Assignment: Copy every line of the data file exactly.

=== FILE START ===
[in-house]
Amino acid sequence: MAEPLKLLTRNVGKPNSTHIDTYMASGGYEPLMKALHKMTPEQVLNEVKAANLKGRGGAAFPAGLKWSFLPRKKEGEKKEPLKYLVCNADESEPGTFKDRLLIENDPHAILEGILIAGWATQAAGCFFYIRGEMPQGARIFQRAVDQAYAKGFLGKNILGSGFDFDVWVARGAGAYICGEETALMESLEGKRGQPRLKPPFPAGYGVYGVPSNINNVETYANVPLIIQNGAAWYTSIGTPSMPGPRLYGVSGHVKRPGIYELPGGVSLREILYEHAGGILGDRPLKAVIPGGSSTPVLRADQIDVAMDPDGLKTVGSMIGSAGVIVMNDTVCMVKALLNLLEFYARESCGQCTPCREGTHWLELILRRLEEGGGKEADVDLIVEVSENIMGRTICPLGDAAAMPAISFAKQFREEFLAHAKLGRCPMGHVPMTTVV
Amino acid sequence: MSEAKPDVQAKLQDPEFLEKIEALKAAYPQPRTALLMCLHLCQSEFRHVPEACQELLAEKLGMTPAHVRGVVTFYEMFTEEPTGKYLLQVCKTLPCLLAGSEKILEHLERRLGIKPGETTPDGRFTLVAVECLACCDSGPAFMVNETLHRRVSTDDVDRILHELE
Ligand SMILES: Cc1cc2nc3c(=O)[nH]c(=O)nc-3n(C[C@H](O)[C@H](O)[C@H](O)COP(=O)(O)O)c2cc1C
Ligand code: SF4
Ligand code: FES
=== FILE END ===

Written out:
[in-house]
Amino acid sequence: MAEPLKLLTRNVGKPNSTHIDTYMASGGYEPLMKALHKMTPEQVLNEVKAANLKGRGGAAFPAGLKWSFLPRKKEGEKKEPLKYLVCNADESEPGTFKDRLLIENDPHAILEGILIAGWATQAAGCFFYIRGEMPQGARIFQRAVDQAYAKGFLGKNILGSGFDFDVWVARGAGAYICGEETALMESLEGKRGQPRLKPPFPAGYGVYGVPSNINNVETYANVPLIIQNGAAWYTSIGTPSMPGPRLYGVSGHVKRPGIYELPGGVSLREILYEHAGGILGDRPLKAVIPGGSSTPVLRADQIDVAMDPDGLKTVGSMIGSAGVIVMNDTVCMVKALLNLLEFYARESCGQCTPCREGTHWLELILRRLEEGGGKEADVDLIVEVSENIMGRTICPLGDAAAMPAISFAKQFREEFLAHAKLGRCPMGHVPMTTVV
Amino acid sequence: MSEAKPDVQAKLQDPEFLEKIEALKAAYPQPRTALLMCLHLCQSEFRHVPEACQELLAEKLGMTPAHVRGVVTFYEMFTEEPTGKYLLQVCKTLPCLLAGSEKILEHLERRLGIKPGETTPDGRFTLVAVECLACCDSGPAFMVNETLHRRVSTDDVDRILHELE
Ligand SMILES: Cc1cc2nc3c(=O)[nH]c(=O)nc-3n(C[C@H](O)[C@H](O)[C@H](O)COP(=O)(O)O)c2cc1C
Ligand code: SF4
Ligand code: FES